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What are meteorites?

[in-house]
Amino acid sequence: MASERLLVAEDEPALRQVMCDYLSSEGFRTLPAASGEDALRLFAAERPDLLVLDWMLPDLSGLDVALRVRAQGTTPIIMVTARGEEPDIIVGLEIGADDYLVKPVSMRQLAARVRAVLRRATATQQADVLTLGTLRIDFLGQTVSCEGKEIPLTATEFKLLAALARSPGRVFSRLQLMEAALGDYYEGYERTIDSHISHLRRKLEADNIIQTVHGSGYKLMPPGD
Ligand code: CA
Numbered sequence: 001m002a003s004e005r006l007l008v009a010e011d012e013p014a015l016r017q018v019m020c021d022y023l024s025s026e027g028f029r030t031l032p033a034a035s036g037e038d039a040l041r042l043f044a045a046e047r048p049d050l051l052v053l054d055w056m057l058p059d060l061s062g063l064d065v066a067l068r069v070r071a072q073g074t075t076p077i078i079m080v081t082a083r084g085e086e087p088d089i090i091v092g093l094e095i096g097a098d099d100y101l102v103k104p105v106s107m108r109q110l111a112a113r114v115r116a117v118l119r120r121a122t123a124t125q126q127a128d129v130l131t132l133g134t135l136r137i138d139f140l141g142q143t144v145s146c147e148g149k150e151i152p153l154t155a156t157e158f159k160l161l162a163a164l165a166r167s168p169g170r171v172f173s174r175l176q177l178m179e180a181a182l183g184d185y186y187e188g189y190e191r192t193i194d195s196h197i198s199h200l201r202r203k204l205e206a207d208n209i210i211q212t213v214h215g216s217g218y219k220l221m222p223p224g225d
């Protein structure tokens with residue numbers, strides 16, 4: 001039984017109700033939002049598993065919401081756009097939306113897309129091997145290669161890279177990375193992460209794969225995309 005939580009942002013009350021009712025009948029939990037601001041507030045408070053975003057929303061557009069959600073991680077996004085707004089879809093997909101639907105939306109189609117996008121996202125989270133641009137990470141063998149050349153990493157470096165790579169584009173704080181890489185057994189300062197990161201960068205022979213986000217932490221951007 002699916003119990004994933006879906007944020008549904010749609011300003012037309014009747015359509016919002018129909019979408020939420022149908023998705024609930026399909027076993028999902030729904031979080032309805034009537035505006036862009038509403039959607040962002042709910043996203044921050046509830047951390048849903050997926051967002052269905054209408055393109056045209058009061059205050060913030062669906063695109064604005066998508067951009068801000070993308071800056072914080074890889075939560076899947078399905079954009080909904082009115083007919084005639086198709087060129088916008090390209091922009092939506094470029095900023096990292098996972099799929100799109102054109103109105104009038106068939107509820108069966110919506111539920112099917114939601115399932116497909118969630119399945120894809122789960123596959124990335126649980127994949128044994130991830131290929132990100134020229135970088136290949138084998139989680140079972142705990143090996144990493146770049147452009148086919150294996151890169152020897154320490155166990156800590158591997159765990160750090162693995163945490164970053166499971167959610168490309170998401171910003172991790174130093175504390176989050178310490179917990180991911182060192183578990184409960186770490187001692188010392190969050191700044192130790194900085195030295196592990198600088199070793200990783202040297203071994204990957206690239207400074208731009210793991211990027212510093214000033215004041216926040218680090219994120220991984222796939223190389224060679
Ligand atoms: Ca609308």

You must have heard the old saying that if you make a wish when you see a falling star or a shooting star in the sky, the wish will come true. This is just a superstition but shooting stars do exist. When we look at the sky during the night, we sometime see a star falling and making a streak of light in the atmosphere as it falls. Ultimately, it disappears. It, in fact, disintegrates. Such heavenly bodies falling after disintegration are not stars, they are meteorites. Meteorites vary in size. Whenever any one of the celestial bodies, while making revolutions, comes nearer to the Earth, it is attracted towards the Earth due to its force of gravitation. Attraction of the Earth increases the velocity of the body and this, in turn, increases friction with the atmospheric air. Consequently, it becomes very hot. As a result of this, hot gases start coming out of it. These gases start burning and the atmosphere is lighted. The sound of friction in the air is heard over long distance. Because of heat and friction, the body disintegrates into small pieces, which are scattered in the atmosphere. But some of these meteorites are so big that they are not completely destroyed in the atmosphere and some of their parts fall on the Earth. Meteorites become visible to us only when they are in the atmosphere, at a height of 112 kilometres from the Earth. Majority of them are destroyed in the atmosphere by the time they come down to a height of 80 kilometres. Their downward velocity ranges from 160 kilometres to 200 kilometres per second. They fall down both during the day and at night, but they are not visible during the day, because of the bright sunlight. Meteorites are, in fact, pieces of comets. Whenever the Earth approaches the orbit of some comet, some pieces of it are attracted towards the Earth. These pieces may be either big or small. The biggest meteorite reaching the Earth weighed 37 tonnes. There are three kinds of meteorites. The first kind is called the ‘shooting star’. A meteor of this kind is like a dim-lighted star. The second is a meteoric stone. It is so big that some part of it reaches the Earth. The third kind is the fire ball. Even if it is big, it is destroyed in the atmosphere itself. The outer layer of the meteorites is hot, but their inner layers are cold. Because of the melting of the outer layer, a thin shining layer gets deposited outside. In many meteorites, there are craters like the ones caused on human faces by smallpox. The formation of meteorites is similar to that of ordinary crystalline stones on the Earth. Their crystalline nature suggests that, they must have been in molten state at some stage. Quite often, the meteorites are composed of stones, iron, nickel and other elements. The Arizona Meteor Crater measures 1,265 metres across and it is 175 metres deep. This crater was formed about 25,000 years ago by a meteorite fall. In India, some meteoric stones are preserved in the museum of Calcutta (Kolkata). However, bigger stones have not been collected. In the U.S., samples of 672 meteorites have been kept in various museums.

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